The funding implications have increased since Ben began the programme at Papillon. In the first three months, during initial sub-acute treatment, the cost was R25 000 in the first month (approx USD 1 900), and R26 500 (USD 2 015) in the second month. With the kind help of donors and friends, we made it through the first two months. The fee payable at the end of March is R30 000 (USD 2 300). Psychiatric treatment and medication are extra. Thereafter, it is expected that Ben will move into the assisted living phase of his treatment. The fee for this is estimated at R25 000 per month (approx USD 1 900) for an indefinite time - again, psychiatric costs and medications are extra. The total cost for one year is the goal for this campaign, viz approximately R306 500 (approximately USD 25 000). This site provides the opportunity to donate in USD (minimum USD 1), which is converted to South African rand via PayPal. If you prefer to donate directly in rand, there is a facility on the BPKidsSouthAfrica website listed below. Thank you from my heart and Ben's for every dollar, pound or rand you give. You are creating the opportunity to change a young life.
Other youngsters like Ben
Many children and young adults suffer from bipolar disorder, autism and other mental illness, with only their parents to fight their corner. Diagnosis of bipolar disorder in children and youngsters is often controversial and many practitioners are reluctant to make the diagnosis at all.The rest of the world labels such children as badly behaved, needing "a jolly good hiding" and as the product of bad parenting. As the the mother of two sons with mental health issues, my boy and especially I have been lucky enough to the have the unwavering support of the BP Kids and Teens South Africa Group, both on WhatsApp and on their website http://www.bpkidssouthafrica.co.za. Please visit this website to see testimonials of young people with mental health issues, particularly bipolar disorder.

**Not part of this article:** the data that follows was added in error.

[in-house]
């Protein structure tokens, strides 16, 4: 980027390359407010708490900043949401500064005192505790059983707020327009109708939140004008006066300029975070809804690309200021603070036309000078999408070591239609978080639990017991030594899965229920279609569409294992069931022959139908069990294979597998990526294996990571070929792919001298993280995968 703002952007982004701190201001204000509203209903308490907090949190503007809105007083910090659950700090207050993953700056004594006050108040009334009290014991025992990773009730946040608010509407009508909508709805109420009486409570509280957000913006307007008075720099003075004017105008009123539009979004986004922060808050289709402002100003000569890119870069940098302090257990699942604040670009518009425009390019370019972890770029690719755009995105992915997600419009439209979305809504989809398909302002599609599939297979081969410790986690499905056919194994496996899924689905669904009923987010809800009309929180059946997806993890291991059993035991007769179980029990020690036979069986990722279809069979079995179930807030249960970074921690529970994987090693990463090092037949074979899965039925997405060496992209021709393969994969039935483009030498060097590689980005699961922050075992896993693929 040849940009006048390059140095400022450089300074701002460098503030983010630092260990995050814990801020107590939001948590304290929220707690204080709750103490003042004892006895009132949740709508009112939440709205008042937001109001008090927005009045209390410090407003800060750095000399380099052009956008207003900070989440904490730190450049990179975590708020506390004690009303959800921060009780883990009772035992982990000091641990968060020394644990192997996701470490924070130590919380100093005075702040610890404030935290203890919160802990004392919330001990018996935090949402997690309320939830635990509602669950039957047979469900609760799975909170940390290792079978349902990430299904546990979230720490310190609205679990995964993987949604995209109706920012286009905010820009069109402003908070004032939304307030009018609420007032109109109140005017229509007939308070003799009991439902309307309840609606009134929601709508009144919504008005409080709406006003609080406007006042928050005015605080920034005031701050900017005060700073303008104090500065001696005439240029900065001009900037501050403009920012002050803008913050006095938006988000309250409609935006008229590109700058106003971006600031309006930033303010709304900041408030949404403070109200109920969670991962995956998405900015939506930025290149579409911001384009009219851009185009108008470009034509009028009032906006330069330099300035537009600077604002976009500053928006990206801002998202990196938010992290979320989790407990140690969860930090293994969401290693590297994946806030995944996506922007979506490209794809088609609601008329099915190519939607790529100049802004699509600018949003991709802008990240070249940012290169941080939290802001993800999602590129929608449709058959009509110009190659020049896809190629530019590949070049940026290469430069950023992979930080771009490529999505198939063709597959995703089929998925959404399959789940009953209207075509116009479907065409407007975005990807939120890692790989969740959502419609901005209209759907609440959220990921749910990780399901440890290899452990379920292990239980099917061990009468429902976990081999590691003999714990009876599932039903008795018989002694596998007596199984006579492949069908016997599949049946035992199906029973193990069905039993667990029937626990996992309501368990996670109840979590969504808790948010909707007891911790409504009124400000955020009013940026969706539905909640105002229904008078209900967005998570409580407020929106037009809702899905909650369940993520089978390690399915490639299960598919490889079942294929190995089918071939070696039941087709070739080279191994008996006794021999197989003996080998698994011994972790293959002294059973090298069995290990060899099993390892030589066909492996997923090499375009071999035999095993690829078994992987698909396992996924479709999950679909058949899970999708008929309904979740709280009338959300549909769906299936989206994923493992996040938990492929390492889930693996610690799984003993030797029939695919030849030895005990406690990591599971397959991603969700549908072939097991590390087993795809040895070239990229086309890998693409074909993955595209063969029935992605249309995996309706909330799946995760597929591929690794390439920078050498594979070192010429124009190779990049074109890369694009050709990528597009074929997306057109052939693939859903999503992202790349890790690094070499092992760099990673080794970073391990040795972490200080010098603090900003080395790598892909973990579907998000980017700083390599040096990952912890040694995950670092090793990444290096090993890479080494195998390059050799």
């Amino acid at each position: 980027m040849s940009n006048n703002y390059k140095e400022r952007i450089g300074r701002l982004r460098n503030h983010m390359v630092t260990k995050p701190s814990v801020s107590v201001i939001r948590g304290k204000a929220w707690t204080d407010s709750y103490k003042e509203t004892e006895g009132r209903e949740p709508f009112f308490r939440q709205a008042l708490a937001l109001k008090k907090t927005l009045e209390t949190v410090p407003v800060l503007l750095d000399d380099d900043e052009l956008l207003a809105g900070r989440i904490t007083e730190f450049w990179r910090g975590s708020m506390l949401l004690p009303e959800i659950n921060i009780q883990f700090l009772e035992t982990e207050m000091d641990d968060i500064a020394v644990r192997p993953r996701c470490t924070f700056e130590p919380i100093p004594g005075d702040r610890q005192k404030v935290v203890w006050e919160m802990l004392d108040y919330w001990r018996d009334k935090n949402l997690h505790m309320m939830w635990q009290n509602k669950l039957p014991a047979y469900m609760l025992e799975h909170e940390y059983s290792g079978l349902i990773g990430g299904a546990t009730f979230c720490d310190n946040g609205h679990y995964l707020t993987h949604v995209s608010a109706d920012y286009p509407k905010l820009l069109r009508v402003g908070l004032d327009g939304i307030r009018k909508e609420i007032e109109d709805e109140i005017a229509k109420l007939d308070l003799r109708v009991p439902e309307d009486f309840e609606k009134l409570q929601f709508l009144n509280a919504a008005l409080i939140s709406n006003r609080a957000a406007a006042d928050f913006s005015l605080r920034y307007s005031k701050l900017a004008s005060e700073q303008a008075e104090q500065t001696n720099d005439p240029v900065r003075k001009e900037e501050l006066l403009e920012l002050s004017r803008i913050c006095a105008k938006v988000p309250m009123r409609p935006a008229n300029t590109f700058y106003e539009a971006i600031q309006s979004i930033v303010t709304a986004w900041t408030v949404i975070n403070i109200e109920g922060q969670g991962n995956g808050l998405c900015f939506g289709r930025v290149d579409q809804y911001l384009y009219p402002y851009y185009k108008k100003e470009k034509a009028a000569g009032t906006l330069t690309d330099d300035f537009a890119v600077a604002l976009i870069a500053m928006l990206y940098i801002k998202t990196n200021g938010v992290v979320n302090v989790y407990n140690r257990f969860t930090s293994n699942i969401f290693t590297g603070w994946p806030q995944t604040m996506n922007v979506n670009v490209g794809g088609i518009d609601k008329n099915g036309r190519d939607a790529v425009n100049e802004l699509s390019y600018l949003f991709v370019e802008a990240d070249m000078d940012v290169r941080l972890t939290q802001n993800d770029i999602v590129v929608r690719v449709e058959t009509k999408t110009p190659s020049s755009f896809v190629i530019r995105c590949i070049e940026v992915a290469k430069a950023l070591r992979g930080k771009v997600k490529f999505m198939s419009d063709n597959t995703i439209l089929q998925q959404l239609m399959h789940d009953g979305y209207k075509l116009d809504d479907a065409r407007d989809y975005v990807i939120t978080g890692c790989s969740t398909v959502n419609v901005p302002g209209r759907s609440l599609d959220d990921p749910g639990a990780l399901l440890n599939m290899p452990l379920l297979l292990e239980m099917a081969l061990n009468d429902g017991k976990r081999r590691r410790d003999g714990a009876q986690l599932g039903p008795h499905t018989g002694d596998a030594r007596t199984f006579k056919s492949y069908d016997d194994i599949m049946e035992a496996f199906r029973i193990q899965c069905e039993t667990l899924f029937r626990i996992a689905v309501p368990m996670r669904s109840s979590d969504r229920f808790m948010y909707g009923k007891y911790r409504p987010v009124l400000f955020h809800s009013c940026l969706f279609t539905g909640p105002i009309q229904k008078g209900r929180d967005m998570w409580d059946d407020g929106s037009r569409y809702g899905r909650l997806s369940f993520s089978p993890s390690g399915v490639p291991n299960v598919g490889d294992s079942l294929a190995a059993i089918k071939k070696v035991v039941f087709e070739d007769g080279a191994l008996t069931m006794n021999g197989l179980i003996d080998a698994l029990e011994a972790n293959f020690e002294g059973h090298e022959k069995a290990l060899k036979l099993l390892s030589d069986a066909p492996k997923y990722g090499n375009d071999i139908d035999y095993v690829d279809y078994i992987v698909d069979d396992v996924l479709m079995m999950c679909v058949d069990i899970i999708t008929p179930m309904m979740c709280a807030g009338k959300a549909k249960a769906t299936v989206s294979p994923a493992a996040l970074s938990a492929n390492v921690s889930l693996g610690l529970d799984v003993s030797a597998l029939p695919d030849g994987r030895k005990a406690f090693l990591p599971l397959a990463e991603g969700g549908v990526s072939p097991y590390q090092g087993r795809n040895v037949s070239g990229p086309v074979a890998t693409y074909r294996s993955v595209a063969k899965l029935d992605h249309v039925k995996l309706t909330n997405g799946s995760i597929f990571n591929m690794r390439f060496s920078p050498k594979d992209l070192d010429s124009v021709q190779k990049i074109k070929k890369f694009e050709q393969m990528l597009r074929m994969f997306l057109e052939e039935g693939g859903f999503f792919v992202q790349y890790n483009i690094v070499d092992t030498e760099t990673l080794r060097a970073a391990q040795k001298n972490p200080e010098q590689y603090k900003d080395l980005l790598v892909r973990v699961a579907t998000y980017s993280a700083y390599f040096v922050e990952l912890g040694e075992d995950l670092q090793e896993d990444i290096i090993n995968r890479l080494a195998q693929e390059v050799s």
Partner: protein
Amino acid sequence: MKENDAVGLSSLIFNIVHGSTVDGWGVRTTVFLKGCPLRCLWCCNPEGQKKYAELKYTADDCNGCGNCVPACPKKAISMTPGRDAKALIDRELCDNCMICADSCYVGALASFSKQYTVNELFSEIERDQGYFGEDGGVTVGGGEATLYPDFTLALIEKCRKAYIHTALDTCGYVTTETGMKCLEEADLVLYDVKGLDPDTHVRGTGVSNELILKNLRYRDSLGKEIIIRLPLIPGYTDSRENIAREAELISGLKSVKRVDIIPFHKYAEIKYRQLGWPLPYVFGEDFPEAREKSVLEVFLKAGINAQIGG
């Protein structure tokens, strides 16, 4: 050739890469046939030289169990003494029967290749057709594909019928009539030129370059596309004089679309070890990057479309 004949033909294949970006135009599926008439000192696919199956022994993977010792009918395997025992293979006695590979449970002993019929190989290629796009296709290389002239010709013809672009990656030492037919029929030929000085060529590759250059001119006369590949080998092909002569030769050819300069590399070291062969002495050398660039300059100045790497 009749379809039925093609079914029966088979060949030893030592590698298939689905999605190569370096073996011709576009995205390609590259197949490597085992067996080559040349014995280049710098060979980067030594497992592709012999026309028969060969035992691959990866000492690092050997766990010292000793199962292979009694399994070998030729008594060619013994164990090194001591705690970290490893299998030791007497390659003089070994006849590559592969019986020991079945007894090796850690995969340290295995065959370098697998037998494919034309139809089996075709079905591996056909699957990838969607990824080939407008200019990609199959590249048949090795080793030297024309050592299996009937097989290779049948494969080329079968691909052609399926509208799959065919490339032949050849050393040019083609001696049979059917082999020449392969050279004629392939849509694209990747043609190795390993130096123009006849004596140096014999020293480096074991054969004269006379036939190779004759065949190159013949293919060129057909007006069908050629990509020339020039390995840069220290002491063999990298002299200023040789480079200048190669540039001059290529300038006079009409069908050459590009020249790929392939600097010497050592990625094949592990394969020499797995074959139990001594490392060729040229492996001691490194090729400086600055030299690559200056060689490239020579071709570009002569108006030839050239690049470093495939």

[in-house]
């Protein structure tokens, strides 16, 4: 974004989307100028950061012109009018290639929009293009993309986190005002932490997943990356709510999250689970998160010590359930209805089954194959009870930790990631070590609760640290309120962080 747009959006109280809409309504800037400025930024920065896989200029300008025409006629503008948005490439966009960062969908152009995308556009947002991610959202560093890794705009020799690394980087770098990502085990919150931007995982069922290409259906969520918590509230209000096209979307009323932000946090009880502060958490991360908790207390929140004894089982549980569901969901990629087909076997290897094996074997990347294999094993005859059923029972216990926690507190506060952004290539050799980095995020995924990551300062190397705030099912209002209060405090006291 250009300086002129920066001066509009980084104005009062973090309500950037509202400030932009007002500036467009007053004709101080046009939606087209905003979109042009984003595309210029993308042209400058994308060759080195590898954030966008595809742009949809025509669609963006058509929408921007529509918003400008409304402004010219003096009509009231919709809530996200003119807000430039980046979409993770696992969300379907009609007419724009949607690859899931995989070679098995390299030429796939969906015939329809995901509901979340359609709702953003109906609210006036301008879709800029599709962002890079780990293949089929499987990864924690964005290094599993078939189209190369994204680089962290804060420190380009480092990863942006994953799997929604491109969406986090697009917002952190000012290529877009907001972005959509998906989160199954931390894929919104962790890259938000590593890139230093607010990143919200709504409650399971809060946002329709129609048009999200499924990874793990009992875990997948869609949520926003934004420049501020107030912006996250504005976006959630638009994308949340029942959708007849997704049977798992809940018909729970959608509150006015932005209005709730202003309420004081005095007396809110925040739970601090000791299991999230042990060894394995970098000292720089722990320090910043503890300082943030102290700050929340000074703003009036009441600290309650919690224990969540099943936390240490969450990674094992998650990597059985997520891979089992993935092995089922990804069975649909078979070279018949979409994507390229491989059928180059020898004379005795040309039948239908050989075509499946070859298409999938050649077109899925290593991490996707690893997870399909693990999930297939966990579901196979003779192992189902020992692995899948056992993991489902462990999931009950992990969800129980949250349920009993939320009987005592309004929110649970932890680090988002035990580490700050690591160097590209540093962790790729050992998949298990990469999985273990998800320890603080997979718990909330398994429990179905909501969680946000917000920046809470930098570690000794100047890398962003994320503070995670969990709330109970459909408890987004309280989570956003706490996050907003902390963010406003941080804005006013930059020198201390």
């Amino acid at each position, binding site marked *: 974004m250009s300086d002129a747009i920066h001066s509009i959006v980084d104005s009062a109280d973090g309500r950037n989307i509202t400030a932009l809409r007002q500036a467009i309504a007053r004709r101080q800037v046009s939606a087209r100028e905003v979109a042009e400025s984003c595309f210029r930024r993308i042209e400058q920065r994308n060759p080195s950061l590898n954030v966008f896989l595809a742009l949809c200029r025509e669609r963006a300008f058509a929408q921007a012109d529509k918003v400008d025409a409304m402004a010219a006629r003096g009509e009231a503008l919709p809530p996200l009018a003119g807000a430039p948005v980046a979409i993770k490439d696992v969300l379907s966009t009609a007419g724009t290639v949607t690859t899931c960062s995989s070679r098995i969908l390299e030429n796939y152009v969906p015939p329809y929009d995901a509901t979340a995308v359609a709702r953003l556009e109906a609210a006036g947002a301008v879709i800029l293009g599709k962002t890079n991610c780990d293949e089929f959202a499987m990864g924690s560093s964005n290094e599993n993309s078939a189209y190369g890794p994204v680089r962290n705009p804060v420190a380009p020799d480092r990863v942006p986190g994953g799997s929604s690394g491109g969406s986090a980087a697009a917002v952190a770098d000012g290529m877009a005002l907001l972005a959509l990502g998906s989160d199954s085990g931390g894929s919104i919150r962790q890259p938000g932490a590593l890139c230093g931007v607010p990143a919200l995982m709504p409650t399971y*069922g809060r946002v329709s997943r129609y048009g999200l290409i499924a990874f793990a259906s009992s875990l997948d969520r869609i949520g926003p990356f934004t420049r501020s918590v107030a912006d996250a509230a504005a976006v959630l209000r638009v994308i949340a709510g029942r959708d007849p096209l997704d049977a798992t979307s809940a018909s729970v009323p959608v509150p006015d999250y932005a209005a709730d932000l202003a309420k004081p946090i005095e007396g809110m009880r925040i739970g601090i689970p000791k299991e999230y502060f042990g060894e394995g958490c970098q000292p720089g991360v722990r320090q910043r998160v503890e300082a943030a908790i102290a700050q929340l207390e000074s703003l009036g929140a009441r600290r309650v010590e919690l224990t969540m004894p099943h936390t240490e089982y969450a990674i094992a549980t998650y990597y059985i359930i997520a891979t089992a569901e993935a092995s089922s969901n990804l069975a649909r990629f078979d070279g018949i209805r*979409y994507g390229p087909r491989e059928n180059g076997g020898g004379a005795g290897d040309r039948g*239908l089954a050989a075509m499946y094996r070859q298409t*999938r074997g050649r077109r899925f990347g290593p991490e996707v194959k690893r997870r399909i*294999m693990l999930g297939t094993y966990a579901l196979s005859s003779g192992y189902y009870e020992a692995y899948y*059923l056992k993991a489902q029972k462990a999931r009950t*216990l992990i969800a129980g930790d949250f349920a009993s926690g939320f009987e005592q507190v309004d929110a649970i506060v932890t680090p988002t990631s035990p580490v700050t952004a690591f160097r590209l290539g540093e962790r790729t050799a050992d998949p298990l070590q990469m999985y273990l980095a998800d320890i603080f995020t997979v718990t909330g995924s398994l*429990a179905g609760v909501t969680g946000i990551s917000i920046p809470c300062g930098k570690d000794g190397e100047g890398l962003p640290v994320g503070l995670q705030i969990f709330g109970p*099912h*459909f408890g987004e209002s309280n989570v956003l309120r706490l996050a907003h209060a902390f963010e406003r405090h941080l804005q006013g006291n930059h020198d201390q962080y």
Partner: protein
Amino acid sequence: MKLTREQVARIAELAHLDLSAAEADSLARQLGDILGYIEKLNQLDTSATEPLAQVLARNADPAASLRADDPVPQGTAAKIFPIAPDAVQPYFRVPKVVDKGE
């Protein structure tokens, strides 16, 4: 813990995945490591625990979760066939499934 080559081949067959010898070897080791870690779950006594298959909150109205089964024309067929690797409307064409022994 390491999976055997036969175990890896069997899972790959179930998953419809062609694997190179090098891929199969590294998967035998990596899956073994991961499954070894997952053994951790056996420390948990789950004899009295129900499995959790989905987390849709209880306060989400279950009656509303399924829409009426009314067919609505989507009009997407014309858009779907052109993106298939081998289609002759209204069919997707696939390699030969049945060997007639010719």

Description of treatment philosophy at Papillon
“We believe in looking forwards and not backwards – living in the past does not serve anyone – you need to build on what you have today,” - Yolandé, MD of Papillon
Since our launch in 2013, Papillon (http://www.papillon.org.za) has had a 70% success rate in the total reintegration of clients. This figure encompasses clients that have moved from just-out-of-hospital into a structured work environment and also independent or sometimes assisted-living clients.
Our treatment philosophy emphasises: Assessment, individual treatment plans and interventions, and then reintegration planning and the execution thereof - in a period of three to twelve months, depending on the client. We work off a five-step treatment programme developed by McLean Hospital in the USA.
At the core of all our endeavours is the belief that the individual can fully recover if she/he has the will to so. This is based on the life experience of Yolandé Geyser, the MD of Papillon. Yolandé herself suffers from a psychiatric disorder and is an activist for this audience.
All funds raised in excess of Ben's fees will be donated to Papillion for the treatment of other bipolar and schizophrenia patients who have very very few other options in terms of long term residential treatment in South Africa.